One more big difference in these two cases is the location of the animals during the court process. The Dual Peppy herd was seized and taken to a facility where they are being given the best of care, paid for by Brunzell. By the time sentencing comes in August, she will have paid over $60,000 for their care in the months the trial has gone on, and as we saw in court, the horses have really improved in weight, hoof condition and dental care. Our hope is that they not be returned but go through a rescue, like Misty and Cookie did, to have a contract and a “never again” promise. And we pray that their potential adopters will keep their word–even as we know the court may return the horses to their owner, found guilty on 8 counts of animal cruelty.

In civil court, where Ruby Ranch is working to get Misty and Cookie back, they are told it can take up to a year to get a trial date. They are faced with pointless motions to dismiss, or requests for extensions of time, both actions feeling like stall tactics from opposing counsel. The result is increased expense for the rescue, decreased ability of the rescue to continue its mission statement.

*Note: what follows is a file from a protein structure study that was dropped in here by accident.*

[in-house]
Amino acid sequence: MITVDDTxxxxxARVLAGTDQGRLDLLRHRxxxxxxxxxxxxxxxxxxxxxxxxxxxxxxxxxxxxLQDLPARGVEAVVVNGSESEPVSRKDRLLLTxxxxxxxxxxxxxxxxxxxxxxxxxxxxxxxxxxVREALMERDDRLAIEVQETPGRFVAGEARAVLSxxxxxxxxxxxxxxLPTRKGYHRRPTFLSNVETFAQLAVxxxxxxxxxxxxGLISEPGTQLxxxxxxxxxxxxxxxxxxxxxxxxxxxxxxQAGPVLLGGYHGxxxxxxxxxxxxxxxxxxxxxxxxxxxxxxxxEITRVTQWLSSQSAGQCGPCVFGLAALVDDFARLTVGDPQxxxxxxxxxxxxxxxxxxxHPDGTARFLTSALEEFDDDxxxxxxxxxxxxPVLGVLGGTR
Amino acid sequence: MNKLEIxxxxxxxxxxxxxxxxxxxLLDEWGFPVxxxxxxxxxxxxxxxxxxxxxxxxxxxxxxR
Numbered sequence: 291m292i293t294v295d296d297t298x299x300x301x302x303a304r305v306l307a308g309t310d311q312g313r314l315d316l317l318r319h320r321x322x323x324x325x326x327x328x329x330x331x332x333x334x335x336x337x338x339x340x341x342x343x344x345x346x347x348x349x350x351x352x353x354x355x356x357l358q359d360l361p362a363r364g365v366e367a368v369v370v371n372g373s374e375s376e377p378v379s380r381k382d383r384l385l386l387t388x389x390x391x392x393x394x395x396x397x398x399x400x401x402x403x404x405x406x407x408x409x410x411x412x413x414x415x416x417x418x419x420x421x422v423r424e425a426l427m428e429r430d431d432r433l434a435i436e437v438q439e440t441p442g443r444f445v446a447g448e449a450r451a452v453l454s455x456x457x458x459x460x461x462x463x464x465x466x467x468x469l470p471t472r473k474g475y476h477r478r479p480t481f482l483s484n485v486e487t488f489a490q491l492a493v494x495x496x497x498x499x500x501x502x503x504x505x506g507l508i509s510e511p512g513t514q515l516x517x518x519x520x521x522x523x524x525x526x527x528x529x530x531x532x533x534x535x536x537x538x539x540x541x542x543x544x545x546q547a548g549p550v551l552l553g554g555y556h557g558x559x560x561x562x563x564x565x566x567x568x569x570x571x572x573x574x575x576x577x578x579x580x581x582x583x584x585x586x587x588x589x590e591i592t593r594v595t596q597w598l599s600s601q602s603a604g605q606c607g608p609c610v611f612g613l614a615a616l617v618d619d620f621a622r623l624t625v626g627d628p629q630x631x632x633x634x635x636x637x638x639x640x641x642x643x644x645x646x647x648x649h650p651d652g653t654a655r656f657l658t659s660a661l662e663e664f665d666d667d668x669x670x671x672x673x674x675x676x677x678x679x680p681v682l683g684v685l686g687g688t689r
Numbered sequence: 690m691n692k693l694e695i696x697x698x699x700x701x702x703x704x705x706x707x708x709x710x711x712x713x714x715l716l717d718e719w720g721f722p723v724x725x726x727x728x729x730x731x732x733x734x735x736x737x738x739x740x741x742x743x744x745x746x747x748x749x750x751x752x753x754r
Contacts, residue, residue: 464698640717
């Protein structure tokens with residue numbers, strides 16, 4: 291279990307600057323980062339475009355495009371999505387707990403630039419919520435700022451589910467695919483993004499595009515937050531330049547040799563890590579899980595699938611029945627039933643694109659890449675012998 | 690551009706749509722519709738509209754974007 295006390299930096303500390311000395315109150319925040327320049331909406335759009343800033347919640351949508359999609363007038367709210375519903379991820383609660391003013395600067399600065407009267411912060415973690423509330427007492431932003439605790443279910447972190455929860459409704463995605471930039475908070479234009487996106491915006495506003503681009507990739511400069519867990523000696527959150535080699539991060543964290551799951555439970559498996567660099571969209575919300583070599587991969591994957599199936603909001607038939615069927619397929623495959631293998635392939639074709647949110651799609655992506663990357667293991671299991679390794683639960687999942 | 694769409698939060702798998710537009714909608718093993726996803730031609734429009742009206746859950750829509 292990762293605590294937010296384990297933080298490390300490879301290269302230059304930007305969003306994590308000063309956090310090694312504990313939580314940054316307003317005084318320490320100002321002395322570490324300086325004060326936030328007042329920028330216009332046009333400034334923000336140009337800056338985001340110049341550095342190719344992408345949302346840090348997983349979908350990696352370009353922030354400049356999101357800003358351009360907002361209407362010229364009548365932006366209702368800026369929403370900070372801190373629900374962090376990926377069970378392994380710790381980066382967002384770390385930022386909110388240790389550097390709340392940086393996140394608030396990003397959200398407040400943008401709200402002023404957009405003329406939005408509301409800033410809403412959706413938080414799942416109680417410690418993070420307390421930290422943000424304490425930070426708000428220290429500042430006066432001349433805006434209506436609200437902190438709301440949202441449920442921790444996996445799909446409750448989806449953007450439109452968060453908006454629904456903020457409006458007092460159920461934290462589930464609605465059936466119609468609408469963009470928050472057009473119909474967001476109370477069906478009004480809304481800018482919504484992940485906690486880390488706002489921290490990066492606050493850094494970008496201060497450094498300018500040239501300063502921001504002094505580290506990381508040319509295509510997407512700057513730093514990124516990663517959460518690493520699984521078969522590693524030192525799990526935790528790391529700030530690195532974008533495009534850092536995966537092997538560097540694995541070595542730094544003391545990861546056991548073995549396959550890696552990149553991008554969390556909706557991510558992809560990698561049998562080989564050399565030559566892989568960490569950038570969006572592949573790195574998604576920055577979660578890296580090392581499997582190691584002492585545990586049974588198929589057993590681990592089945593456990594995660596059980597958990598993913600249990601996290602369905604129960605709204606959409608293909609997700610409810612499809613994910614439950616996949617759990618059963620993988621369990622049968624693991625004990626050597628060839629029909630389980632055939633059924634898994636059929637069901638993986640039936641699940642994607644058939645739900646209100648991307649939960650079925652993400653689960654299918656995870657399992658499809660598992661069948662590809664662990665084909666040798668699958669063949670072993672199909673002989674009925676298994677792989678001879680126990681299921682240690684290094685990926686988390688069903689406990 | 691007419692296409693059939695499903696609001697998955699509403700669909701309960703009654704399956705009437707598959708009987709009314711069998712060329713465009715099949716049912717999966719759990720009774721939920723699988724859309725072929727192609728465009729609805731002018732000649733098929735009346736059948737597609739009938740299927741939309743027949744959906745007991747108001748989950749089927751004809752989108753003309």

Adoption contract language is simple and easily understood. Breach of contract is clearly established by loss of weight and lack of veterinary attention in a timely manner, resulting is pain and suffering for both minis. What possible reason could be given in a court of law to defend the weight loss and neglect of the dental issues of these minis?

But these minis are not as “lucky” as the Dual Peppy horses. They will spend the time the legal system takes in the poor care of their adopter. We have had eyes on the minis very recently, describing missed feedings, lack of attention to one or both, water buckets not filled, too much dry lot time, not enough enrichment. In other words, things there have not changed.